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Arboriculture & Urban Forestry Online
Volume 42, Issue 6 — November 2016
https://www.isa-arbor.com/Publications/Arboriculture-Urban-Forestry

Urban Highway Roadside Soils and Shrub Plantings Enhanced by Surface-Applied and Incorporated Organic Amendments    (View PDF)

Andy Bary, Rita L. Hummel, and Craig Cogger

Abstract: Degraded, highly compacted soils along roadsides present an inhospitable environment for trees and shrubs and lead to the failure of urban landscapes. Developing and testing practices to ameliorate urban soils, thereby improving plant growth and survival, is essential. This research compared the effects of waste-derived soil amendments on woody landscape plants and soil properties on a compacted highway roadside in Tacoma, Washington, U.S., and compared surface application versus incorporation of amendments. Treatments included yard debris compost (surface-applied and incorporated), biosolids blend (surfaceapplied and incorporated), and worm castings (surface-applied only), plus a control with no amendments. Amendments were applied 8 cm deep, and incorporated to a 1015 cm depth on the tilled plots. An 8-cm layer of bark mulch was blown onto all plots, including the control. Rhus aromatica, Symphoricarpos orbiculatus, and Mahonia aquifolium were transplanted from 3.8 L containers in March 2007. One year later, soil under the mulch/amendments was analyzed for bulk density, total carbon, and nitrogen. Plant growth and survival was evaluated for three years. Incorporating soil amendments reduced bulk density by >50% and increased soil C and N tenfold in the incorporated zone. Soil properties within the surface and control treatments or within the incorporated treatments were not different. All amendments significantly improved plant growth in comparison to the bark mulch control, in the order worm castings = biosolids blend = yard debris compost. Neither plant growth nor plant survival was affected by surface application versus incorporation, and plant roots remained confined to the amended zone.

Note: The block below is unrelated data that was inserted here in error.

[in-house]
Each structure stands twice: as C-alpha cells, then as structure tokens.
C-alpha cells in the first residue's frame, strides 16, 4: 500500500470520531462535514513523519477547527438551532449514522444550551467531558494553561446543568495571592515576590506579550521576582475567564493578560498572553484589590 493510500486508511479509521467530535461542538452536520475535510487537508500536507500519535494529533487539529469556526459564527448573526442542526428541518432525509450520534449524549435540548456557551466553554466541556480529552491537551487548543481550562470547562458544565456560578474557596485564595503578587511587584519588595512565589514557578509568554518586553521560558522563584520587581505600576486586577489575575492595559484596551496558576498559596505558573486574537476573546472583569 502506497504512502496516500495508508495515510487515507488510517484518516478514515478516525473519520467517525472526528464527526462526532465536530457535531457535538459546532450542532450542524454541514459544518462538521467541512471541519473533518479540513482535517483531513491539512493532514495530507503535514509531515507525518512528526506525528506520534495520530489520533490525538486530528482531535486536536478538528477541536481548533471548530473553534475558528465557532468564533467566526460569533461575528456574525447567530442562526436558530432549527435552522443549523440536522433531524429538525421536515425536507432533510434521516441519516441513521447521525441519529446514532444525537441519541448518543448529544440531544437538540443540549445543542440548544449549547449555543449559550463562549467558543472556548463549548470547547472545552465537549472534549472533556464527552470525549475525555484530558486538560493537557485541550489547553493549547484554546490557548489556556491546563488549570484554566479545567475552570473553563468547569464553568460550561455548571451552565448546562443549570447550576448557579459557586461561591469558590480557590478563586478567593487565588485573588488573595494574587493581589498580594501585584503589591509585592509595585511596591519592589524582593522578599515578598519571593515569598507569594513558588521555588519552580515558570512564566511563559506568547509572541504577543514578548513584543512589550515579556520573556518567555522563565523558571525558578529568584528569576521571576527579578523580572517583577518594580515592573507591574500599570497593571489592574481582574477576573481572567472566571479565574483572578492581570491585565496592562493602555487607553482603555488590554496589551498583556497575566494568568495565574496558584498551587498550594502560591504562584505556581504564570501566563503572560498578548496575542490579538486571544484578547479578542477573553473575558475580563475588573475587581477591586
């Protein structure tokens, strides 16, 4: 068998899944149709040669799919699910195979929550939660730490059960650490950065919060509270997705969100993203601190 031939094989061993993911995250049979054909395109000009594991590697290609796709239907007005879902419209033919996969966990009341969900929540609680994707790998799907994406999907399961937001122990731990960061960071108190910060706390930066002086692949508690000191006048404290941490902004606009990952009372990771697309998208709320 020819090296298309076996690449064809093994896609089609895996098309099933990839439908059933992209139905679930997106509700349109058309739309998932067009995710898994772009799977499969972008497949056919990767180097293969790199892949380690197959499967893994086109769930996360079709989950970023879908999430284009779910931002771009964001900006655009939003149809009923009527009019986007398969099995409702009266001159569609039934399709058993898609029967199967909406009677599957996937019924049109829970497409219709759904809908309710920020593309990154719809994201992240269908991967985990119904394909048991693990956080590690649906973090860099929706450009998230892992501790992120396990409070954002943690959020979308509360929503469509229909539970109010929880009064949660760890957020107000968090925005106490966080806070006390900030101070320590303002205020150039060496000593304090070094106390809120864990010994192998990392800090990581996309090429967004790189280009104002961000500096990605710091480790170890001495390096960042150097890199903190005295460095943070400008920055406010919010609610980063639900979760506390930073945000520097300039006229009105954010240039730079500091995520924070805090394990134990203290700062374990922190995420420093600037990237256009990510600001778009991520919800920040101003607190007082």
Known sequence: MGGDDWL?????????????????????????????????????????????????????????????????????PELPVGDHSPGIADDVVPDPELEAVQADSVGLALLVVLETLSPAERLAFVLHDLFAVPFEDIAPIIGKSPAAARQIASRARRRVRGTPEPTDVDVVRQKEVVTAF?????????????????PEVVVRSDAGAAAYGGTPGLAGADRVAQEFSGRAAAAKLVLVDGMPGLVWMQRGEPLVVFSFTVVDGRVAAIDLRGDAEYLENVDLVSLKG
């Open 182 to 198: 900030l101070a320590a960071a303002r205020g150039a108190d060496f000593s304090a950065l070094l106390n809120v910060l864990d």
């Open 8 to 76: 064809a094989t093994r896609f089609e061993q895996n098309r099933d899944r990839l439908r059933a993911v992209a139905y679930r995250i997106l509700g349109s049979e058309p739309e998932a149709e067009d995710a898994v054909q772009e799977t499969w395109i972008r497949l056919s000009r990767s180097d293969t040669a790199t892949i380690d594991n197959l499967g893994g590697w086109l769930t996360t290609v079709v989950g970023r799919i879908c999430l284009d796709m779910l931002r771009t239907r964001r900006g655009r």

Keywords: Bark; Biomass; Biosolids; Compost; Coralberry; Fragrant Sumac; Highway; Mahonia aquifolium; Mulch; Oregon Grape; Rhus aromatica; Roadside; Symphoricarpos orbiculatus; Total Soil Carbon; Total Soil Nitrogen; Urban Soils; Vermicompost; Washington; Worm Castings; Yard Debris

https://doi.org/10.48044/jauf.2016.035


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